Polymer Piles

This Patented technology was ostensibly developed for northern climes where perma-frost is a reality and where infrastructure is often constructed above grade on piers.

The Polymer Pile concept is a methodology of backfilling around the pier that would support a structure above ground. A hole is drilled to a specified depth, filled with a granular material (gravel) and injected with our expanding hydro-insensitive expanding polyurethane resin. As the resin expands, voids between the granular spaces are filled and a controlled mold pressure is exerted to completely bind the gravels within the confined space of the bored hole and surrounding the pier within the hole with resultant break points exceeding 1600 psi. for the back-filled conglomerate. It is of note that the process to set up and cure literally only takes minutes before work on the piers can continue. Additionally, cold weather does not impact the reaction of the polyurethane system. Although the polyurethane system is exothermic in its reaction the amount of heat generated in the process is so minimal that it does not contribute to melting of perma-frost, ice or ice lens’ as the total amount of heat energy within the foam generated is minimal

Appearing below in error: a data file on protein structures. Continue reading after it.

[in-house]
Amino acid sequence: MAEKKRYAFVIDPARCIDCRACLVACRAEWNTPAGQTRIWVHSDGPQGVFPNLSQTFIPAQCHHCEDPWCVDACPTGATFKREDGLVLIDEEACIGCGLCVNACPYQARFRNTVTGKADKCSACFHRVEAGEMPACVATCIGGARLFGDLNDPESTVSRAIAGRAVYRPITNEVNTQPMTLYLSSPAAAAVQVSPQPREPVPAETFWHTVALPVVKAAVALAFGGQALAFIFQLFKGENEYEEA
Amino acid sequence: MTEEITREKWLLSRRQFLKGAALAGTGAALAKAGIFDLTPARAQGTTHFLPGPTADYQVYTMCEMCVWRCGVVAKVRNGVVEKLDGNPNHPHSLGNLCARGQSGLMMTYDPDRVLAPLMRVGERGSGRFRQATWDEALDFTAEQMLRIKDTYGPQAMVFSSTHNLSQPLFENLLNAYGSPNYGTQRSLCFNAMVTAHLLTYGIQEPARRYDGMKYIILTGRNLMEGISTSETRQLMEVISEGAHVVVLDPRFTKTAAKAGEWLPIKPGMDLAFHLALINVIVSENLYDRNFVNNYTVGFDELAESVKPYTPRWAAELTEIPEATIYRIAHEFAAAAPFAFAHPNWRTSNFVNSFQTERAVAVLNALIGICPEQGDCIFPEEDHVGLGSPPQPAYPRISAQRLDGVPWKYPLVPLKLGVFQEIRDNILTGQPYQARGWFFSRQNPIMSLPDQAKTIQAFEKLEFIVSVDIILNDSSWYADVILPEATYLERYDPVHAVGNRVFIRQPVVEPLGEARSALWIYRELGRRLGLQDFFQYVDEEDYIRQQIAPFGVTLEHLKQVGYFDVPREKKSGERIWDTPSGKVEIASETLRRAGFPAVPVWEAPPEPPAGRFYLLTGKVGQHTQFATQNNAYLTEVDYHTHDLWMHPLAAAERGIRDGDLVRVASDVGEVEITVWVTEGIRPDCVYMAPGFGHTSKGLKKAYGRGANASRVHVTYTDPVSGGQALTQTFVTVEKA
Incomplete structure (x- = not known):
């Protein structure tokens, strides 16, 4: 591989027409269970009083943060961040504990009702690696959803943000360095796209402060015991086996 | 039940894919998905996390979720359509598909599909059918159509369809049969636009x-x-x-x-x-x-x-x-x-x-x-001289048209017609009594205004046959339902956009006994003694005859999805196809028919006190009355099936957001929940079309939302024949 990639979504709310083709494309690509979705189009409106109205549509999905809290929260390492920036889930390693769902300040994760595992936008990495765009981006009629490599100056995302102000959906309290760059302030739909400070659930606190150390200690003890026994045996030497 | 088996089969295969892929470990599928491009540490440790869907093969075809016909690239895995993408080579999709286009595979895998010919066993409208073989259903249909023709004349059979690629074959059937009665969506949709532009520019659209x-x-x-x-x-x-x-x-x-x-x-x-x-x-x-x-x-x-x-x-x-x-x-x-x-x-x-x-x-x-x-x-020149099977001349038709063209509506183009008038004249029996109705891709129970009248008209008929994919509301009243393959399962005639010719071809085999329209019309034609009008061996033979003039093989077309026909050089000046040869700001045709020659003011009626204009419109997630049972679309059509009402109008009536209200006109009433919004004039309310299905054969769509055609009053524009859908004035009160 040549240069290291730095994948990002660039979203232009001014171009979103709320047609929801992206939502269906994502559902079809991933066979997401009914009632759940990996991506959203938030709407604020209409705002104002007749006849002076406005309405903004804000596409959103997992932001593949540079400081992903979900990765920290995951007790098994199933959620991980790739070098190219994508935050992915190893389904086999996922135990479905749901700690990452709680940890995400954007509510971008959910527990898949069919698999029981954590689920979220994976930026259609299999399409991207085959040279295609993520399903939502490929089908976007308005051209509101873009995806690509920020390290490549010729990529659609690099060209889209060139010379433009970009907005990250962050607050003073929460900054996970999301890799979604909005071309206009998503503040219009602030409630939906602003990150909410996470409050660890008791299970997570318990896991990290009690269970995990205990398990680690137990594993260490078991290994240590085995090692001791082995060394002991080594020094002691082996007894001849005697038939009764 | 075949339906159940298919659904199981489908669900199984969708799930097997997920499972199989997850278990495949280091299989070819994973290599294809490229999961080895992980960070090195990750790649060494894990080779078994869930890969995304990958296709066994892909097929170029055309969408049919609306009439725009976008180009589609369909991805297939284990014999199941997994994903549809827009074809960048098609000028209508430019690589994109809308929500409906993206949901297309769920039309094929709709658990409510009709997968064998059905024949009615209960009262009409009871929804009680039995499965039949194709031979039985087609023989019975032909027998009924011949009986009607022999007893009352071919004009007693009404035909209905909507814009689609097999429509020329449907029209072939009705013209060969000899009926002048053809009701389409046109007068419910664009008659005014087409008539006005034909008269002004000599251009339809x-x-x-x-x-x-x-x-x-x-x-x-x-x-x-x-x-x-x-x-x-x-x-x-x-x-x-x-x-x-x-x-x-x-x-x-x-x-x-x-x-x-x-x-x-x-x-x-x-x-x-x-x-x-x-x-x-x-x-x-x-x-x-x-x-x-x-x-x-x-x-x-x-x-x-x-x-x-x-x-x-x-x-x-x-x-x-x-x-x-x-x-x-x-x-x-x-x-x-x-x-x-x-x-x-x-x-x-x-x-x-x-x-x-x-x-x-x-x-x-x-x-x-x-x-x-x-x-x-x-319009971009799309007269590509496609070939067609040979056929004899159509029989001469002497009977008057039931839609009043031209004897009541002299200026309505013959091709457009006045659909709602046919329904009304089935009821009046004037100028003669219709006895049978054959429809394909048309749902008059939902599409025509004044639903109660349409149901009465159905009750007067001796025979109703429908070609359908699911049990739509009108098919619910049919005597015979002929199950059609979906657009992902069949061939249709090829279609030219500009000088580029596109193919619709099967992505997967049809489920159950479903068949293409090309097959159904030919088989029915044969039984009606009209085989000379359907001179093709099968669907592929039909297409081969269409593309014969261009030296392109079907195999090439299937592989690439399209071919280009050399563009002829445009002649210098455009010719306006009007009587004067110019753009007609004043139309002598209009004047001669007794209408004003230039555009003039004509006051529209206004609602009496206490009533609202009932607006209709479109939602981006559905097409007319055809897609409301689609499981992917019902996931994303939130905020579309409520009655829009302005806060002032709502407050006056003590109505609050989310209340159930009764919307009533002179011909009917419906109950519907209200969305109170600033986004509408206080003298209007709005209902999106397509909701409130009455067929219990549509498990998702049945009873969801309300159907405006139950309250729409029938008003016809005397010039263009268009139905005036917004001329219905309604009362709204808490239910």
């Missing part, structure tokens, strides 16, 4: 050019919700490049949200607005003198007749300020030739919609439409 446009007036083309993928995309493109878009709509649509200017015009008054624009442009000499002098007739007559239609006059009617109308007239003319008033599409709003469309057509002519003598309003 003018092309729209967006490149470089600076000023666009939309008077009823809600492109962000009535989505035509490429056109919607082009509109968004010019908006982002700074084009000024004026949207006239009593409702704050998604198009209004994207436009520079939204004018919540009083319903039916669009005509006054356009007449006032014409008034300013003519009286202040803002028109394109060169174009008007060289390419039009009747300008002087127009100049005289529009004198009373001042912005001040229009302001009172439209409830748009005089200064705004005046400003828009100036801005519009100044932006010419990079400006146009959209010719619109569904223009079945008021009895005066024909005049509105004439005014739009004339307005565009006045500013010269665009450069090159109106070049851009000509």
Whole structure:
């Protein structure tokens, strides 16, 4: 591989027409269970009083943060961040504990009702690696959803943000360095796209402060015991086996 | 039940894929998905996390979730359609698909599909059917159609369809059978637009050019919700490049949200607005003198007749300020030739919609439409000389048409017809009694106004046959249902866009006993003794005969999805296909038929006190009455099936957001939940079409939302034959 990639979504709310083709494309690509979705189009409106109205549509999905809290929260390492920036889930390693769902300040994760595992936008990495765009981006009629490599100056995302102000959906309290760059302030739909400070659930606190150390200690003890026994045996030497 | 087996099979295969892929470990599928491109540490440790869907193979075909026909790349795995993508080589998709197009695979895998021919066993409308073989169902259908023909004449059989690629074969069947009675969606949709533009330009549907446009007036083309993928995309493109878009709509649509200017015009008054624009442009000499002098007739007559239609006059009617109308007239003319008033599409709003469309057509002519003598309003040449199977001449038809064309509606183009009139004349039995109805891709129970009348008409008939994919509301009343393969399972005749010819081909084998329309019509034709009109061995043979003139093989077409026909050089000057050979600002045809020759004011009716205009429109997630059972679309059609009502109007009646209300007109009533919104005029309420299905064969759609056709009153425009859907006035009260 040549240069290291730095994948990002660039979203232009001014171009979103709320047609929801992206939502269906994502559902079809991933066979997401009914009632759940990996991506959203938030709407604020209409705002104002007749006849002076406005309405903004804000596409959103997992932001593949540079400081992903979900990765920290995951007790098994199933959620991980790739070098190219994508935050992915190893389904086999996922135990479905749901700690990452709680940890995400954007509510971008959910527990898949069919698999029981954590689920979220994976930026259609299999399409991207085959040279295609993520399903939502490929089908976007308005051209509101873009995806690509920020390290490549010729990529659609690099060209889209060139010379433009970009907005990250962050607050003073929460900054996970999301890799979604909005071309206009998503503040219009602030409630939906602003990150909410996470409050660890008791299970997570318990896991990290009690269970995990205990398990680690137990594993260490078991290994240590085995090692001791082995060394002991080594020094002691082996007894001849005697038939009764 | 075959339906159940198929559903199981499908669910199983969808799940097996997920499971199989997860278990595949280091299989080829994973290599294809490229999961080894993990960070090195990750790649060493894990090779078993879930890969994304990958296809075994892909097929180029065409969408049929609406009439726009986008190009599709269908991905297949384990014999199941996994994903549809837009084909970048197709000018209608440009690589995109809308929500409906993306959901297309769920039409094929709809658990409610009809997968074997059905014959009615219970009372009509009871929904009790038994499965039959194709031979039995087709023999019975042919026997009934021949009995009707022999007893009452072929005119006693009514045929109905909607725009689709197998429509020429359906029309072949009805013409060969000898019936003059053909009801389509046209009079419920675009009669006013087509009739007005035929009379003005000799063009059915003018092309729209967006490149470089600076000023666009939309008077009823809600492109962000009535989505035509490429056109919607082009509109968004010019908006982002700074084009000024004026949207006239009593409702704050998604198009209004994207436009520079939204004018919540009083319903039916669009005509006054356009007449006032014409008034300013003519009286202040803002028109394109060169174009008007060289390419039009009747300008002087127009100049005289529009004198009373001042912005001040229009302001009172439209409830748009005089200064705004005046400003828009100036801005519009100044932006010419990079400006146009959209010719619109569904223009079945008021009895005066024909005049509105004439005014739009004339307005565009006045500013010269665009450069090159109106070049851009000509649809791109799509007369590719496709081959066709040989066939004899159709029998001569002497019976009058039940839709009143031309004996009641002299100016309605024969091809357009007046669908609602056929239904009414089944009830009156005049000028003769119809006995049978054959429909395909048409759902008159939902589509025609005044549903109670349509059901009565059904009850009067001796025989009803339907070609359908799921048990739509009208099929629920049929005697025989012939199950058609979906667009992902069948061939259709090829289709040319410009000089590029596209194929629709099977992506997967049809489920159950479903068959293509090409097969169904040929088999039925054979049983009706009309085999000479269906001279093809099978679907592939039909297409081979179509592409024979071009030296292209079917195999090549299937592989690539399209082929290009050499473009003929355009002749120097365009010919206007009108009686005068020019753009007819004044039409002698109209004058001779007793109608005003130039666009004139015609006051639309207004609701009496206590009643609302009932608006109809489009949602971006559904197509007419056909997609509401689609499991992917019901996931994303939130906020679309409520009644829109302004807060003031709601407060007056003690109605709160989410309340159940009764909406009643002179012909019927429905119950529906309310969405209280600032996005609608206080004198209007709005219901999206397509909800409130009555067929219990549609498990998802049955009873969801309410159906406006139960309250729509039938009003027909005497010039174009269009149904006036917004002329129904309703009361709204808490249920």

Testing undertaken at the University of Alberta and stated in an Engineering Masters Program Thesis confirmed,” The foam will travel readily through a gravelly medium and produce a concrete equal in strength to light weight Portland cement concretes. The foam injection can be customized to achieve the best quality product for specific environmental conditions. The mechanical behavior fulfills the requirement of being stronger than native frozen soils (0.5 – 1.0 MPa).”

It is also noteworthy that pile like structures can also be created in granular unfrozen soils to provide support, densification, by simply drilling to the desired depth and injecting the polyurethane system which binds the base soils together.

The drilling procedure tends to loosen the base soils as a result of the hammer-drill action and allow the polyurethane material to permeate the base soils with pile like structures typically measuring some 14” – 20” in diameter. This process has been used in creating shoring systems to prevent sloughing of granular base soils.

Applications

  • Back-fill for vertical support members in perma-frost or ice-lensed soils to bear loads for structures such as building, pipelines, etc.
  • Anchoring or pinning systems
  • Foundation support for lighter weight structures such as walks, bridges, etc.
  • Prevention of liquifaction in liquefiable soils during seismic activity
  • Shoring systems in granular soils

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